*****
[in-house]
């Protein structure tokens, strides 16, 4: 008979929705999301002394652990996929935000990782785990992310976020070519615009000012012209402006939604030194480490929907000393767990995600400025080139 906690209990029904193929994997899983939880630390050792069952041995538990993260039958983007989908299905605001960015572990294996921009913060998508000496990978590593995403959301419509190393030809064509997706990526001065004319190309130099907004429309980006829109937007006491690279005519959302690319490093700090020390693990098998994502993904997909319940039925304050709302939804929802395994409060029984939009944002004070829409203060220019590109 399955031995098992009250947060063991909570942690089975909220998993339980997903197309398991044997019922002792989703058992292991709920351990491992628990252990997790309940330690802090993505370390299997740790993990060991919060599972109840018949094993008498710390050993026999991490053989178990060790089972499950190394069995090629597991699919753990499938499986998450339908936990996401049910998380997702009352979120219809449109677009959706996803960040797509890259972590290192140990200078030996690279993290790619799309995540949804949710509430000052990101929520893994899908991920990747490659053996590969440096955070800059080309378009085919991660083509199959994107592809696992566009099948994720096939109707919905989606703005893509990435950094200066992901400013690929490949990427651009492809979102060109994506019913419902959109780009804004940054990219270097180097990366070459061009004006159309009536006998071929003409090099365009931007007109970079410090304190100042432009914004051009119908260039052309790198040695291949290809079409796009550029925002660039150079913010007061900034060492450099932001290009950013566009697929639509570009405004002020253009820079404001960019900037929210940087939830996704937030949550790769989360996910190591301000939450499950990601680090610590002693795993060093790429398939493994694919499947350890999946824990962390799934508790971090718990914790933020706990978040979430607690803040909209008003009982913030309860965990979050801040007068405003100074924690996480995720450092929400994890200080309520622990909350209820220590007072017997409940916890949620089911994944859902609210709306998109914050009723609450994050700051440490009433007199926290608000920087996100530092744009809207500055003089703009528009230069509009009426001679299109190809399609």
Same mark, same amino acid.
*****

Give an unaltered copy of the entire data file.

[in-house]
């Protein structure tokens, strides 16, 4: 008979929705999301002394652990996929935000990782785990992310976020070519615009000012012209402006939604030194480490929907000393767990995600400025080139 906690209990029904193929994997899983939880630390050792069952041995538990993260039958983007989908299905605001960015572990294996921009913060998508000496990978590593995403959301419509190393030809064509997706990526001065004319190309130099907004429309980006829109937007006491690279005519959302690319490093700090020390693990098998994502993904997909319940039925304050709302939804929802395994409060029984939009944002004070829409203060220019590109 399955031995098992009250947060063991909570942690089975909220998993339980997903197309398991044997019922002792989703058992292991709920351990491992628990252990997790309940330690802090993505370390299997740790993990060991919060599972109840018949094993008498710390050993026999991490053989178990060790089972499950190394069995090629597991699919753990499938499986998450339908936990996401049910998380997702009352979120219809449109677009959706996803960040797509890259972590290192140990200078030996690279993290790619799309995540949804949710509430000052990101929520893994899908991920990747490659053996590969440096955070800059080309378009085919991660083509199959994107592809696992566009099948994720096939109707919905989606703005893509990435950094200066992901400013690929490949990427651009492809979102060109994506019913419902959109780009804004940054990219270097180097990366070459061009004006159309009536006998071929003409090099365009931007007109970079410090304190100042432009914004051009119908260039052309790198040695291949290809079409796009550029925002660039150079913010007061900034060492450099932001290009950013566009697929639509570009405004002020253009820079404001960019900037929210940087939830996704937030949550790769989360996910190591301000939450499950990601680090610590002693795993060093790429398939493994694919499947350890999946824990962390799934508790971090718990914790933020706990978040979430607690803040909209008003009982913030309860965990979050801040007068405003100074924690996480995720450092929400994890200080309520622990909350209820220590007072017997409940916890949620089911994944859902609210709306998109914050009723609450994050700051440490009433007199926290608000920087996100530092744009809207500055003089703009528009230069509009009426001679299109190809399609």
Same mark, same amino acid.